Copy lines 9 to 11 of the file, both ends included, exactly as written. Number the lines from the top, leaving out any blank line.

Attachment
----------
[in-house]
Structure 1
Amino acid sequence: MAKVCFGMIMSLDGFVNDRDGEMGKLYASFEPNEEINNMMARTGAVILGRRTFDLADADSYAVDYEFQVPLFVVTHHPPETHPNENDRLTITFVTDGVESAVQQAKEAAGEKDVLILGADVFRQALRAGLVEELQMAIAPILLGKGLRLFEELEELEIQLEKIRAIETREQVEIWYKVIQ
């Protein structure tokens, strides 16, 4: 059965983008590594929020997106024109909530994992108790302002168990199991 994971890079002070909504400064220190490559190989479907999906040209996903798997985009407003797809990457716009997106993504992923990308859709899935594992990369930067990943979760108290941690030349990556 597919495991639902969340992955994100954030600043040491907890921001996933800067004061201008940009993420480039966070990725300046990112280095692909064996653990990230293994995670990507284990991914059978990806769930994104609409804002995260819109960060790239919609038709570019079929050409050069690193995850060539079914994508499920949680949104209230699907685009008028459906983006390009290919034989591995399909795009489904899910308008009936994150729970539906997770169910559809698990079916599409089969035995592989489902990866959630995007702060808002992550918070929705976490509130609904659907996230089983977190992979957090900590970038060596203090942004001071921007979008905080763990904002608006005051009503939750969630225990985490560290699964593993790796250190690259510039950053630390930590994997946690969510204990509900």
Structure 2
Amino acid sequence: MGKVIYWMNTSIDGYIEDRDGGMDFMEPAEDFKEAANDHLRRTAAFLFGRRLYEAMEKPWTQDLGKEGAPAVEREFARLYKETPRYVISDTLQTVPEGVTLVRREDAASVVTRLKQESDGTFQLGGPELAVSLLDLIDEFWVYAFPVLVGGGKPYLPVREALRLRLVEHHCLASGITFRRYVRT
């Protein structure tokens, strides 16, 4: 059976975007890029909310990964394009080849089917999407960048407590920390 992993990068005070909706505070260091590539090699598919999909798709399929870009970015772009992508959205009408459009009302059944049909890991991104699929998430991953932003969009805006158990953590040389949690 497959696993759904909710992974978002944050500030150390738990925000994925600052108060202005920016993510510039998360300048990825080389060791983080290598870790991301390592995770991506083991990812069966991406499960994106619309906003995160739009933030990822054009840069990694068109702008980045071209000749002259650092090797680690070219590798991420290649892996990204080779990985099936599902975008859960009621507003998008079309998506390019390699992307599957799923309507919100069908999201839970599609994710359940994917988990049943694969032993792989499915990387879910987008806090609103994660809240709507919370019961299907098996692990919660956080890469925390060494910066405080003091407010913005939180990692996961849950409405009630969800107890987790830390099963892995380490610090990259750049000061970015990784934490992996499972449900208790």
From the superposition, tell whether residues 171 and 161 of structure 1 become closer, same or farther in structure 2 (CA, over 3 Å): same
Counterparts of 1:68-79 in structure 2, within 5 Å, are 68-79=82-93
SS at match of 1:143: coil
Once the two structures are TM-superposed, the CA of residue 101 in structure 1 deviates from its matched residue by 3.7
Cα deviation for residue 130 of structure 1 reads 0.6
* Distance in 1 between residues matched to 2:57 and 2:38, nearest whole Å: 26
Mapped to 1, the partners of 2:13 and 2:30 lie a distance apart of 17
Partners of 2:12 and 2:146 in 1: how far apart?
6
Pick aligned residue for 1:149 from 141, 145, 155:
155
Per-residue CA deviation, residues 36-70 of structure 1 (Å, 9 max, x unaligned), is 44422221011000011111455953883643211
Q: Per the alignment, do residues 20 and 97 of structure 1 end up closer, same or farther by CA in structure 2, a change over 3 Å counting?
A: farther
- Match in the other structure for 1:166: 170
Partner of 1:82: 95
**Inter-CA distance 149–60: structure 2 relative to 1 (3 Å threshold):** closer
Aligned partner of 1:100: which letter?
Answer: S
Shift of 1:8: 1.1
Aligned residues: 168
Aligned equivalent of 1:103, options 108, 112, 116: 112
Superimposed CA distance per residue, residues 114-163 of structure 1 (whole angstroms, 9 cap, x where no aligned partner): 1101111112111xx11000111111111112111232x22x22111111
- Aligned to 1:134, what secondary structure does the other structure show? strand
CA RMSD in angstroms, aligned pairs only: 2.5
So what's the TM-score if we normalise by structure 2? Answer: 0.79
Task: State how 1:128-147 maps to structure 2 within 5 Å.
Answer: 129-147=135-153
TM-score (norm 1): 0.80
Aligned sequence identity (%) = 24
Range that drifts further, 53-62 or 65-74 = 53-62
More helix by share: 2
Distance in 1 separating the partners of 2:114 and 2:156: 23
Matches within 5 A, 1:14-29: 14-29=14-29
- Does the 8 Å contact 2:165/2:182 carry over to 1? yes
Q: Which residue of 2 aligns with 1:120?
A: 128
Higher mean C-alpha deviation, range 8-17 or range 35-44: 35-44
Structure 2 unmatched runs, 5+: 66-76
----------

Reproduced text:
Counterparts of 1:68-79 in structure 2, within 5 Å, are 68-79=82-93
SS at match of 1:143: coil
Once the two structures are TM-superposed, the CA of residue 101 in structure 1 deviates from its matched residue by 3.7